In Iraq, as in Syria, areas occupied by Islamic State/ Daesh are often inaccessible for researchers and journalists, making independent verification of casualty reports highly problematic. The repeated lethal targeting of casualty monitors by a number of parties to the conflict is also of major concern.
Most reports of non-combatant deaths reportedly caused by the Coalition are found in Arabic-language media and social media, and we employ a part-time researcher in Iraq to gather and analyse such material.
Reports are often fragmentary. Instead of a news report, details of a fatality might appear on a Facebook martyrs' page, or in an Arabic-language tweet for example. A large number of local media sources have also appeared in Iraq in recent years, of variable quality. Some are run by political parties or militias for example, while other outlets are maintained on behalf of Islamic State.
At Airwars we also draw on reports by credible monitoring groups. Iraq Body Count is one source for information on non-combatant casualties in Iraq, for example. As its own stated methodology notes:
‘IBC’s documentary evidence is drawn from crosschecked media reports of violent events leading to the death of civilians, or of bodies being found, and is supplemented by the careful review and integration of hospital, morgue, NGO and official figures.’While relying wherever possible on two or more credible sources for recorded fatalities, IBC also on occasion includes credible single-sourced reports.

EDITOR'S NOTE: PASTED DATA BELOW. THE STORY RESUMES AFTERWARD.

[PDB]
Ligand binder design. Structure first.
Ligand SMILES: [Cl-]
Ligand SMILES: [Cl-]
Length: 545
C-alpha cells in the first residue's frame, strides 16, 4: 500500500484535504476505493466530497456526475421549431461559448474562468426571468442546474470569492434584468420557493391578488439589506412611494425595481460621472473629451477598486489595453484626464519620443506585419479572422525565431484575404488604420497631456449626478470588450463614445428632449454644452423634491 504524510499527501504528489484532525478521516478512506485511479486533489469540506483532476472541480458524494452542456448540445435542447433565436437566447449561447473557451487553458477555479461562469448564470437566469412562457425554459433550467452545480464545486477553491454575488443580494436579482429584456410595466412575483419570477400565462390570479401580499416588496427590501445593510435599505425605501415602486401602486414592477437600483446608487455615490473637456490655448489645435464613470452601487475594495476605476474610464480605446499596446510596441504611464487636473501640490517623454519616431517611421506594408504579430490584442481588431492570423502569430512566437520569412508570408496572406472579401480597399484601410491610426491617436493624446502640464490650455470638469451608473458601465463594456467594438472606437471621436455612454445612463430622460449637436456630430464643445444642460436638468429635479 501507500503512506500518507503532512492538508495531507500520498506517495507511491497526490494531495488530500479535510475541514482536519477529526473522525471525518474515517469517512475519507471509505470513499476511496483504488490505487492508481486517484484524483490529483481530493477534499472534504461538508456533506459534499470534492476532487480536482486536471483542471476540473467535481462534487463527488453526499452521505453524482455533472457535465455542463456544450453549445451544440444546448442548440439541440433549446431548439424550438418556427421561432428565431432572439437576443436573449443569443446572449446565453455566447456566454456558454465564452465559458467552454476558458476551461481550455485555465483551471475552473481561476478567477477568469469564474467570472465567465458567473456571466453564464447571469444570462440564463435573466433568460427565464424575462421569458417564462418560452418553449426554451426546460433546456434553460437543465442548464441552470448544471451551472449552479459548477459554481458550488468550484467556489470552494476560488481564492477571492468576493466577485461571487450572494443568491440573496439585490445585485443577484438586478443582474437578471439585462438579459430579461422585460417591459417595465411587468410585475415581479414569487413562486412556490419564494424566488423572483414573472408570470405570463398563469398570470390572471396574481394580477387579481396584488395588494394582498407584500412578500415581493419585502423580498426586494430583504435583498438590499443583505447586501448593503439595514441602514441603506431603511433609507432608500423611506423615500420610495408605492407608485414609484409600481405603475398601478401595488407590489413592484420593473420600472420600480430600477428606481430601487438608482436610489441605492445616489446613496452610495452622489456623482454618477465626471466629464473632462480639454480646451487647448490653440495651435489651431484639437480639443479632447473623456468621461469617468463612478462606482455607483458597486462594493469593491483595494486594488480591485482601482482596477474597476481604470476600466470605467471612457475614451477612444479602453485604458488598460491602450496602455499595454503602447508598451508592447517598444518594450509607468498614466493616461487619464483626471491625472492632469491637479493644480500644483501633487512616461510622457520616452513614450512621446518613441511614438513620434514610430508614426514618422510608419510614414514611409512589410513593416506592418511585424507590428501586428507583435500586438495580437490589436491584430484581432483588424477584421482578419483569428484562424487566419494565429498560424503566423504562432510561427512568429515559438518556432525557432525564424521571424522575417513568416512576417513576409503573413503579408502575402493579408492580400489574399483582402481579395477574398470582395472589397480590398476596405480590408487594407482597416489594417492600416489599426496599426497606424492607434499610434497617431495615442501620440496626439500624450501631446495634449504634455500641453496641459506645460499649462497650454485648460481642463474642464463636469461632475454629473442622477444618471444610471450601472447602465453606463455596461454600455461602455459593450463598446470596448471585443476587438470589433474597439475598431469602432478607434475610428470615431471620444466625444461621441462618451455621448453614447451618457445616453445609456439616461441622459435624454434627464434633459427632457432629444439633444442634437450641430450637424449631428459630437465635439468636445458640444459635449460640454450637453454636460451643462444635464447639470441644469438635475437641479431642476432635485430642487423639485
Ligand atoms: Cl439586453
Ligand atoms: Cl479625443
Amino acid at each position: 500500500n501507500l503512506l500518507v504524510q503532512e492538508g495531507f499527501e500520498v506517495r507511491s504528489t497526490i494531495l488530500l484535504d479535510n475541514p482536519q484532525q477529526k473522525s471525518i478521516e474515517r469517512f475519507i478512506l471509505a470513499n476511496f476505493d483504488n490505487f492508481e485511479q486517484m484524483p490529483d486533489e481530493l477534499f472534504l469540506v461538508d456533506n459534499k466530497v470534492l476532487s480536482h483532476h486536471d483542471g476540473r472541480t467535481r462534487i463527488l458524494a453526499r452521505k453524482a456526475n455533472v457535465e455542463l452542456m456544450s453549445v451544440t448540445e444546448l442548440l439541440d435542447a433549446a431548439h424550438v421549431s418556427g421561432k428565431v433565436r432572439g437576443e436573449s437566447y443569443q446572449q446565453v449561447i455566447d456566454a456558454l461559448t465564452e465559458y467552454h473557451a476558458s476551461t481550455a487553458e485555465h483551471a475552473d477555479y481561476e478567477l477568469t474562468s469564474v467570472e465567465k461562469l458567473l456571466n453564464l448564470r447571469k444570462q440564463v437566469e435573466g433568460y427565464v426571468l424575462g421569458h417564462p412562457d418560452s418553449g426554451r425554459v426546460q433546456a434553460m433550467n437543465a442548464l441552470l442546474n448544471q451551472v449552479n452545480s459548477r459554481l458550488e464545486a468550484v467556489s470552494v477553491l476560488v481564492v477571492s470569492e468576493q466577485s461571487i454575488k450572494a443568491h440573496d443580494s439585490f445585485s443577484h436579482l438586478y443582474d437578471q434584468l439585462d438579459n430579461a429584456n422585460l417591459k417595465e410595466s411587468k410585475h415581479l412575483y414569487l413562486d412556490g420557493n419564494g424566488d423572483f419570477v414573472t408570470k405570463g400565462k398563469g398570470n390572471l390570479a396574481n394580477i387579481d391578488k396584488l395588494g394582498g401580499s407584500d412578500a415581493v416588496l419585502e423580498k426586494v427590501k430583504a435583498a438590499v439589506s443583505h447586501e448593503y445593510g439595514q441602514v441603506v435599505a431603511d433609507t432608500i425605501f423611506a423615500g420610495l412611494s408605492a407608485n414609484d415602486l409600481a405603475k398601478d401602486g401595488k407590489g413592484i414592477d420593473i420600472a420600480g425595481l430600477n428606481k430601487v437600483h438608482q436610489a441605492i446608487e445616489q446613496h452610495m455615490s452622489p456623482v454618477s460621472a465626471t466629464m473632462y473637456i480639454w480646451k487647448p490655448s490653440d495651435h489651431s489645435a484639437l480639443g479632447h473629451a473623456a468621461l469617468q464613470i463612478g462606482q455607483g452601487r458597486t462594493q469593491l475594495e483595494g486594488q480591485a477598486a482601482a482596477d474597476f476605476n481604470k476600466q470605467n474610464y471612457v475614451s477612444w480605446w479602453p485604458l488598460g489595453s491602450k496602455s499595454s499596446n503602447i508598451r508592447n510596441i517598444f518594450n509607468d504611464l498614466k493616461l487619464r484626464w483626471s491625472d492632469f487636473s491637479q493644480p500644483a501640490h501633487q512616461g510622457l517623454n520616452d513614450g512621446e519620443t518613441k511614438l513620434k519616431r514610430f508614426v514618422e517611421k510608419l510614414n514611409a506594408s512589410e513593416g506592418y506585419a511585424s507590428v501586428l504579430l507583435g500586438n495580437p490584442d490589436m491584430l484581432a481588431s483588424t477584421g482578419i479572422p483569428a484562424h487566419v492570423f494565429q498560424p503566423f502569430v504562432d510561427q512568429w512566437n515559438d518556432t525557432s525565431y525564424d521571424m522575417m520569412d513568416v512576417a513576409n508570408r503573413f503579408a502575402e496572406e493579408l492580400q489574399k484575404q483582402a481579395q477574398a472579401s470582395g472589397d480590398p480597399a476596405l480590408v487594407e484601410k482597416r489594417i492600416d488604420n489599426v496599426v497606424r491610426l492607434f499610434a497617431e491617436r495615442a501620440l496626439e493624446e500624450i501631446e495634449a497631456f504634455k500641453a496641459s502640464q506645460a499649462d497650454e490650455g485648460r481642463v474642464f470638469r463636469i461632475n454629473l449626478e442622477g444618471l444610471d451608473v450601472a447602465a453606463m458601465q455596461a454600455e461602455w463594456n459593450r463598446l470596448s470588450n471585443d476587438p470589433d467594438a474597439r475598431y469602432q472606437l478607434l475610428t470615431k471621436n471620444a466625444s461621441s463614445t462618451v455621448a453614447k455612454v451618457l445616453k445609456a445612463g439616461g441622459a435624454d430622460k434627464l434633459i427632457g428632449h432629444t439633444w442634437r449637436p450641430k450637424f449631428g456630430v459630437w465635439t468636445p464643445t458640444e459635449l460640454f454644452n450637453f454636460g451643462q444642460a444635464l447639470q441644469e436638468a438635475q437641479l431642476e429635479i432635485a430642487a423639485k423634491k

For Syria, a number of NGOs seek to monitor the chaotic and violent situation on the ground. Many of these had already emerged during the civil war, and had built up extensive casualty recording networks in areas now occupied by Daesh.
One key resource for information on reported casualties of allied airstrikes is the Syrian Observatory for Human Rights (SOHR), which tracks civilian deaths through a network of local sources. These are regularly published in summary form.
The Syrian Network for Human Rights also tracks casualties of allied airstrikes along with those killed by other parties to the conflict. In addition, other local monitoring groups such as the Violations Documentation Center in Syria regularly report on airstrike fatalities, while international NGOs such as Human Rights Watch have also issued occasional reports on civilian casualties of US and allied airstrikes.